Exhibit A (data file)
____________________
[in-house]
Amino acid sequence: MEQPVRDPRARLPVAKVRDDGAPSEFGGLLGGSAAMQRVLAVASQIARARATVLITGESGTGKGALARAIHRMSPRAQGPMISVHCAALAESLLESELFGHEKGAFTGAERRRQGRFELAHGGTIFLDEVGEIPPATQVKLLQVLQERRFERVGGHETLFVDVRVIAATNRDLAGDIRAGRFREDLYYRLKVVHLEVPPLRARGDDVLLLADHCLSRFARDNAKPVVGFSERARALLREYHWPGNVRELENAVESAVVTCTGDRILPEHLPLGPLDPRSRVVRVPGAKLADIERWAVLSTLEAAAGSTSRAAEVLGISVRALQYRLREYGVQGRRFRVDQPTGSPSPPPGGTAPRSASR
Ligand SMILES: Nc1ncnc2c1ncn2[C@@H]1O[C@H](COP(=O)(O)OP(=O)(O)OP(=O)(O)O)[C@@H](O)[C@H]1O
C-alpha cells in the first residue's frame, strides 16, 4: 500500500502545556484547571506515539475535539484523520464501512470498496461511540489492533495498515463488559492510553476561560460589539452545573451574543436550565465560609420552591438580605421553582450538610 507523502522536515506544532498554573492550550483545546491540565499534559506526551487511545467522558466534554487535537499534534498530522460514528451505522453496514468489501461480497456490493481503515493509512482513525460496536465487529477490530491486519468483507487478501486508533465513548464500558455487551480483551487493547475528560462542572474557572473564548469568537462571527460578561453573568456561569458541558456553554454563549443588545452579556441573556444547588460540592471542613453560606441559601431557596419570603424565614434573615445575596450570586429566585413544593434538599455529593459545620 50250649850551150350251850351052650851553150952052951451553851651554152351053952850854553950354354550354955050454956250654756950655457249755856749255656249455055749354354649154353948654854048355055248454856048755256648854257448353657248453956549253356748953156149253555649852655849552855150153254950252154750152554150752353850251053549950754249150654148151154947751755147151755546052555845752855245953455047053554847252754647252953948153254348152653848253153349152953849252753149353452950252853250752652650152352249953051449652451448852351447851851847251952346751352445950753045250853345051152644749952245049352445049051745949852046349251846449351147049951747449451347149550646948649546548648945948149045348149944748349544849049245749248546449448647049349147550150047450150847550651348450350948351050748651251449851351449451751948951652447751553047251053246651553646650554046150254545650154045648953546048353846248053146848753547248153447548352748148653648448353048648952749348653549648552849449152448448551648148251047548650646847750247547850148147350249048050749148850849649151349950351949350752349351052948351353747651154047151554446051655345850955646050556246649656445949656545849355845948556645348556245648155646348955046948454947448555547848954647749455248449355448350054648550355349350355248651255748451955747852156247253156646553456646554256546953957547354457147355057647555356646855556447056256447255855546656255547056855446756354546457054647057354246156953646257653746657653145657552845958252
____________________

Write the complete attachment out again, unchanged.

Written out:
[in-house]
Amino acid sequence: MEQPVRDPRARLPVAKVRDDGAPSEFGGLLGGSAAMQRVLAVASQIARARATVLITGESGTGKGALARAIHRMSPRAQGPMISVHCAALAESLLESELFGHEKGAFTGAERRRQGRFELAHGGTIFLDEVGEIPPATQVKLLQVLQERRFERVGGHETLFVDVRVIAATNRDLAGDIRAGRFREDLYYRLKVVHLEVPPLRARGDDVLLLADHCLSRFARDNAKPVVGFSERARALLREYHWPGNVRELENAVESAVVTCTGDRILPEHLPLGPLDPRSRVVRVPGAKLADIERWAVLSTLEAAAGSTSRAAEVLGISVRALQYRLREYGVQGRRFRVDQPTGSPSPPPGGTAPRSASR
Ligand SMILES: Nc1ncnc2c1ncn2[C@@H]1O[C@H](COP(=O)(O)OP(=O)(O)OP(=O)(O)O)[C@@H](O)[C@H]1O
C-alpha cells in the first residue's frame, strides 16, 4: 500500500502545556484547571506515539475535539484523520464501512470498496461511540489492533495498515463488559492510553476561560460589539452545573451574543436550565465560609420552591438580605421553582450538610 507523502522536515506544532498554573492550550483545546491540565499534559506526551487511545467522558466534554487535537499534534498530522460514528451505522453496514468489501461480497456490493481503515493509512482513525460496536465487529477490530491486519468483507487478501486508533465513548464500558455487551480483551487493547475528560462542572474557572473564548469568537462571527460578561453573568456561569458541558456553554454563549443588545452579556441573556444547588460540592471542613453560606441559601431557596419570603424565614434573615445575596450570586429566585413544593434538599455529593459545620 50250649850551150350251850351052650851553150952052951451553851651554152351053952850854553950354354550354955050454956250654756950655457249755856749255656249455055749354354649154353948654854048355055248454856048755256648854257448353657248453956549253356748953156149253555649852655849552855150153254950252154750152554150752353850251053549950754249150654148151154947751755147151755546052555845752855245953455047053554847252754647252953948153254348152653848253153349152953849252753149353452950252853250752652650152352249953051449652451448852351447851851847251952346751352445950753045250853345051152644749952245049352445049051745949852046349251846449351147049951747449451347149550646948649546548648945948149045348149944748349544849049245749248546449448647049349147550150047450150847550651348450350948351050748651251449851351449451751948951652447751553047251053246651553646650554046150254545650154045648953546048353846248053146848753547248153447548352748148653648448353048648952749348653549648552849449152448448551648148251047548650646847750247547850148147350249048050749148850849649151349950351949350752349351052948351353747651154047151554446051655345850955646050556246649656445949656545849355845948556645348556245648155646348955046948454947448555547848954647749455248449355448350054648550355349350355248651255748451955747852156247253156646553456646554256546953957547354457147355057647555356646855556447056256447255855546656255547056855446756354546457054647057354246156953646257653746657653145657552845958252